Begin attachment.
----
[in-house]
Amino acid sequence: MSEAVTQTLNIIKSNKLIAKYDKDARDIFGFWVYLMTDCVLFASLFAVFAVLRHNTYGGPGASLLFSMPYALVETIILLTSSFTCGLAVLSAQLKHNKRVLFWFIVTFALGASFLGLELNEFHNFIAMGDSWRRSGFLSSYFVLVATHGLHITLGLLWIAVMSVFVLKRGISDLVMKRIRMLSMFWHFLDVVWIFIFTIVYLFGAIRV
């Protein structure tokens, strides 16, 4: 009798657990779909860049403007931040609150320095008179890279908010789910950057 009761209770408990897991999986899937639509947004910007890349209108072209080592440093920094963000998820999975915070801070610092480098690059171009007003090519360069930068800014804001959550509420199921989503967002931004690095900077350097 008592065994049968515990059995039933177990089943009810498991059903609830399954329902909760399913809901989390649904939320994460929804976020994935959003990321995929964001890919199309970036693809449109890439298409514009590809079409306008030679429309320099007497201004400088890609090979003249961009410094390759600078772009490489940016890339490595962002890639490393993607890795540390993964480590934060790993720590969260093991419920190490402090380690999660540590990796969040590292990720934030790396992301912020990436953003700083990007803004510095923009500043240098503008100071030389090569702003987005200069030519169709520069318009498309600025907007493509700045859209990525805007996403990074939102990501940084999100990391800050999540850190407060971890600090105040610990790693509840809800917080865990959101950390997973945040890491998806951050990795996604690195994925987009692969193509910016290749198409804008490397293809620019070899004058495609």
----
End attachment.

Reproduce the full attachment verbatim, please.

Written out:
[in-house]
Amino acid sequence: MSEAVTQTLNIIKSNKLIAKYDKDARDIFGFWVYLMTDCVLFASLFAVFAVLRHNTYGGPGASLLFSMPYALVETIILLTSSFTCGLAVLSAQLKHNKRVLFWFIVTFALGASFLGLELNEFHNFIAMGDSWRRSGFLSSYFVLVATHGLHITLGLLWIAVMSVFVLKRGISDLVMKRIRMLSMFWHFLDVVWIFIFTIVYLFGAIRV
């Protein structure tokens, strides 16, 4: 009798657990779909860049403007931040609150320095008179890279908010789910950057 009761209770408990897991999986899937639509947004910007890349209108072209080592440093920094963000998820999975915070801070610092480098690059171009007003090519360069930068800014804001959550509420199921989503967002931004690095900077350097 008592065994049968515990059995039933177990089943009810498991059903609830399954329902909760399913809901989390649904939320994460929804976020994935959003990321995929964001890919199309970036693809449109890439298409514009590809079409306008030679429309320099007497201004400088890609090979003249961009410094390759600078772009490489940016890339490595962002890639490393993607890795540390993964480590934060790993720590969260093991419920190490402090380690999660540590990796969040590292990720934030790396992301912020990436953003700083990007803004510095923009500043240098503008100071030389090569702003987005200069030519169709520069318009498309600025907007493509700045859209990525805007996403990074939102990501940084999100990391800050999540850190407060971890600090105040610990790693509840809800917080865990959101950390997973945040890491998806951050990795996604690195994925987009692969193509910016290749198409804008490397293809620019070899004058495609």